“A protracted conflict—particularly one in which North Korea uses its nuclear, biological, or chemical weapons—could cause enormous casualties on a greater scale, and might expand to include Japan and U.S. territories in the region. Such a conflict could also involve a massive mobilization of U.S. forces onto the Korean Peninsula, and high military casualty rates. Complicating matters, should China choose to join the conflict, those casualty rates could grow further, and could potentially lead to military conflict beyond the peninsula,” it adds.
If you accept the idea that the U.S. has an option to destroy with conventional weapons North Korea’s nuclear capable missiles and bombs and the infrastructure that created them, think again.
Consider a recently-released, Oct. 27 letter to Congress from Rear Adm. Michael J. Dumont of the Joint Staff: “North Korea’s nuclear weapons [are] located in deeply buried, underground facilities,” Dumont wrote, explaining that the U.S. military could not reliably destroy them all through conventional bombing or missile attacks.
The only way to “locate and destroy – with complete certainty – all components of North Korea’s nuclear weapons program” is through a ground invasion of that country, he added.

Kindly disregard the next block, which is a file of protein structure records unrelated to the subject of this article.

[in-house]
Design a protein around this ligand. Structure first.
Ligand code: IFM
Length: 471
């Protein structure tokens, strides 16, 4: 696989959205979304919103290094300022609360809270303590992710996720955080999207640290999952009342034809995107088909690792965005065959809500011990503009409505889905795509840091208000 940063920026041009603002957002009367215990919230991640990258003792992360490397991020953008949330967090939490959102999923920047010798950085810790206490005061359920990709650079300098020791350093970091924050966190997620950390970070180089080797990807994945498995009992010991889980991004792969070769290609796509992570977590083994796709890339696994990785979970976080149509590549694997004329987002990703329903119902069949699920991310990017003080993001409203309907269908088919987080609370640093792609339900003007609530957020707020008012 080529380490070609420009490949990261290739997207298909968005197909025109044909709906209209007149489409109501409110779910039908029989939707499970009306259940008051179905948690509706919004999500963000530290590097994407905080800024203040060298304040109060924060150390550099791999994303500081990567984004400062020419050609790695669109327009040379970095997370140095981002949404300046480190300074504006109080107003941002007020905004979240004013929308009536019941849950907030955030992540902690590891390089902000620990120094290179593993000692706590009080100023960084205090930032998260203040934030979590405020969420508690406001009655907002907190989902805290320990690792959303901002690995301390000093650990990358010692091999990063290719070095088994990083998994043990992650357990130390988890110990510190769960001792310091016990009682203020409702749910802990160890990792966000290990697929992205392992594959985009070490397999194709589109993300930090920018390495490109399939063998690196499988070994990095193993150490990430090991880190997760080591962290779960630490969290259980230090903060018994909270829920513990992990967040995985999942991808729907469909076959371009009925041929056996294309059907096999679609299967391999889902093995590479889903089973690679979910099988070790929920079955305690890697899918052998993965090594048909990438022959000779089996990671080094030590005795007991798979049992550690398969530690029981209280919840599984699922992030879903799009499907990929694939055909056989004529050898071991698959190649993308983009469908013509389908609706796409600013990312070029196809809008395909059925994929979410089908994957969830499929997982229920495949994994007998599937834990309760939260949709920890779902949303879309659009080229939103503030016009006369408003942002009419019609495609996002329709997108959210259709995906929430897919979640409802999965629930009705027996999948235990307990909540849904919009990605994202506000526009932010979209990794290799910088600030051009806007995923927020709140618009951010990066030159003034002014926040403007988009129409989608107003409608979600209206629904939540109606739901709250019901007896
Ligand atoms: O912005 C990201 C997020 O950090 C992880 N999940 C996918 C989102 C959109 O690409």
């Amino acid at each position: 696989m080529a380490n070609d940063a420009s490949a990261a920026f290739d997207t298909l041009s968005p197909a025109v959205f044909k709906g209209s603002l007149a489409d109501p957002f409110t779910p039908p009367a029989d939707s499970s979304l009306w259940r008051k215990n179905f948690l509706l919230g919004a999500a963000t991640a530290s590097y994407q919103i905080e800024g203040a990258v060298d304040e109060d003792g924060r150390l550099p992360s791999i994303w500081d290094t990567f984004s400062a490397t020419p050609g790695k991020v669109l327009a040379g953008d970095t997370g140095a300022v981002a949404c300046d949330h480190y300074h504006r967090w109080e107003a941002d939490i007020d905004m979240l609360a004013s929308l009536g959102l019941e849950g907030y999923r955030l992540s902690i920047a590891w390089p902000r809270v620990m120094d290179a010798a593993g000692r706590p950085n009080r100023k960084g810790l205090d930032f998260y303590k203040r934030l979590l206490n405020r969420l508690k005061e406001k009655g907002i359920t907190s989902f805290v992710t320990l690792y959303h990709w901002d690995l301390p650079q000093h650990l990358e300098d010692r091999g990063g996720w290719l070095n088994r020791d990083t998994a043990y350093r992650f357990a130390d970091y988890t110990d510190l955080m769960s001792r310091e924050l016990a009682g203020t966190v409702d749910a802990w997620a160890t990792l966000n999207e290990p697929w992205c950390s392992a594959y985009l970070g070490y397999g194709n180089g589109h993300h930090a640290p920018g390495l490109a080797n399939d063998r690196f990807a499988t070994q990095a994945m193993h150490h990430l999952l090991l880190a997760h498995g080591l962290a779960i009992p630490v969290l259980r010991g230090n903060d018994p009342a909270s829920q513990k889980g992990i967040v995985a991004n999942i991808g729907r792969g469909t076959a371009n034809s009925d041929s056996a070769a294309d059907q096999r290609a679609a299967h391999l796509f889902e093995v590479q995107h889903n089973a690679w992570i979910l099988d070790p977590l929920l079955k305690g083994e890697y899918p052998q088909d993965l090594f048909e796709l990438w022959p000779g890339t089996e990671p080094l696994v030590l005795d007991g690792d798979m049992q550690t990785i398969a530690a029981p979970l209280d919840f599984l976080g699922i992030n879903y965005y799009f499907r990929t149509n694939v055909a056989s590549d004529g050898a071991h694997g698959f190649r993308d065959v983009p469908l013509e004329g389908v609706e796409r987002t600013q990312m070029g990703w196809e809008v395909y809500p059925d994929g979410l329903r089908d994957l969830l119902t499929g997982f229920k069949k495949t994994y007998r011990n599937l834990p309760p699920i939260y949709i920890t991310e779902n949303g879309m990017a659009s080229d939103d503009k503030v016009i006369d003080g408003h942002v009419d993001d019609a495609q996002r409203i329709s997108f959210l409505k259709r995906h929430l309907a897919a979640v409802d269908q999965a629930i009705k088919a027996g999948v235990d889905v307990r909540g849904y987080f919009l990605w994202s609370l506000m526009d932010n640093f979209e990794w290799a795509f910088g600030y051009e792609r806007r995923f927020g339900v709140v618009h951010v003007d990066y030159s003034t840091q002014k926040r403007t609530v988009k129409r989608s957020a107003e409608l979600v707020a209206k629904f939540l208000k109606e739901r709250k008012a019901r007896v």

Dumont tried to assure the legislators that despite recent threats between Trump and Kim Jong-un, “We have not seen any change in the offensive posture of North Korea’s forces, something we watch very carefully.”
There is a mismatch between goals of the two adversaries: Trump wants denuclearization of the Korean Peninsula so Pyongyang cannot threaten its neighbors or the U.S.; and North Korean leader Kim Jong-un seeks those very same nuclear weapons and the means to deliver a warhead on the U.S. homeland to protect survival of his regime.
Talks are surely the only way to narrow that gap and could be a ray of diplomatic hope at a time when Congress is considering legislative action to check Trump’s ability to launch a nuclear first strike without first informing lawmakers – though the actions lawmakers are taking amount to baby steps.